The polishing causing and not causing a fist ramming lightning antithesis in his gut’s dark wood.

Okay then.

Never underestimate the nail polishers.

It’s so easy to poke fun at them.

[Line lost.]

If Dante divided the tasks of childrearing equally with his wife,

he would have spent a few hours on this every day, which would mean fewer lines.

If he hadn’t been a powerful Ghelf, on the receiving side of the political divide,

the darling of the Pope and Charles of Valois, and hadn’t been

up to his single-covered eyeballs in debate,

would it have been possible at all that he took up a dishwashing brush,

just to help the wife out now and then, or at least his housekeeper,

for he surely kept one to keep his posh chambers neat?

And if he hadn’t fallen from office would he have brought back his chalice to the kitchen,

avoiding to look at the ruby drops he lost on the way, but the lines,

the lines,

that left his hand trembling, while his

head kept busy with all this menial nonsense?

Not being able to do things simultaneously.

Hell, think and write?

[Line lost.]

Enter Beatrice, the antidote to Dante’s housekeeping fetish: she became the dote.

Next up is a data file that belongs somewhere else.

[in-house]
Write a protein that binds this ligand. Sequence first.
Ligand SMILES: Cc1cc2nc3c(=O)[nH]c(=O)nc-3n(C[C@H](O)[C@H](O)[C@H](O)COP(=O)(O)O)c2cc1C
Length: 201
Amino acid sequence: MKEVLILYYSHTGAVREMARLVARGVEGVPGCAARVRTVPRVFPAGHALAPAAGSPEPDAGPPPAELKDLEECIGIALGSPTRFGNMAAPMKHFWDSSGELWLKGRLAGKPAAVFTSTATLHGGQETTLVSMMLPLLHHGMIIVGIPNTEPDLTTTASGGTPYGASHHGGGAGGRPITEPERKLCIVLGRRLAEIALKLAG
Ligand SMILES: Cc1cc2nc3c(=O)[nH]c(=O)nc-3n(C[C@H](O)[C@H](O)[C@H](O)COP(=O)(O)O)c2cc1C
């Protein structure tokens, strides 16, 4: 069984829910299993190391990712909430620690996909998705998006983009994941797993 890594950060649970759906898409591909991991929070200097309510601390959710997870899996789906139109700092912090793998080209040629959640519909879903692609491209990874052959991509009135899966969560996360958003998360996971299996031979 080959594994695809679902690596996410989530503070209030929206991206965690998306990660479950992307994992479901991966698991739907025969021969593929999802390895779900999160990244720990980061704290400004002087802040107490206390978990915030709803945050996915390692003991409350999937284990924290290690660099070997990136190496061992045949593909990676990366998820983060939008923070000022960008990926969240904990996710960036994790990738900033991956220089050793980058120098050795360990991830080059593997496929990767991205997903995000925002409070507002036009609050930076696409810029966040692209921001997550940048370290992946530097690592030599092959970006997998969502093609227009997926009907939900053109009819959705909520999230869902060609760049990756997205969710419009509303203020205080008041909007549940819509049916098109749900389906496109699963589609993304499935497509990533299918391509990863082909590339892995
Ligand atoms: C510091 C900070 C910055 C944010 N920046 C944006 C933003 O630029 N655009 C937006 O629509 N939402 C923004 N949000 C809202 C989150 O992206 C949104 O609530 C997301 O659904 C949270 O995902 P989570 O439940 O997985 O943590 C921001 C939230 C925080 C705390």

Beatrice, she wasn’t a time-suck: on the few occasions he glimpsed her,

she made Dante’s poetic zen zip aloft and run gloriously turbo,

until he crashed down and found himself backtracking over the same painful

dishwashing brush.

And in the endless fretting and throes of blessed passion

he likely lost a few more lines that were true and felt—

Oh blessed mother, you angel,

that takes away my boondoggle from me, let’s

have done with our mourning.

I will make you famous.


Your winter coat from Prague. Thermo-patched, dove-cuirass

Lays down blond fur corona, buckled forward for a kiss.

Bubble gum encroaches, making mad with riddle—

I ask is that cleanser tea, that scent your collar keeps in.

Beatific with your husky halo, devourer of chicken breast,

you resist so many who would have you—

I can only envy you, sculptor of heart muscles. Lightning.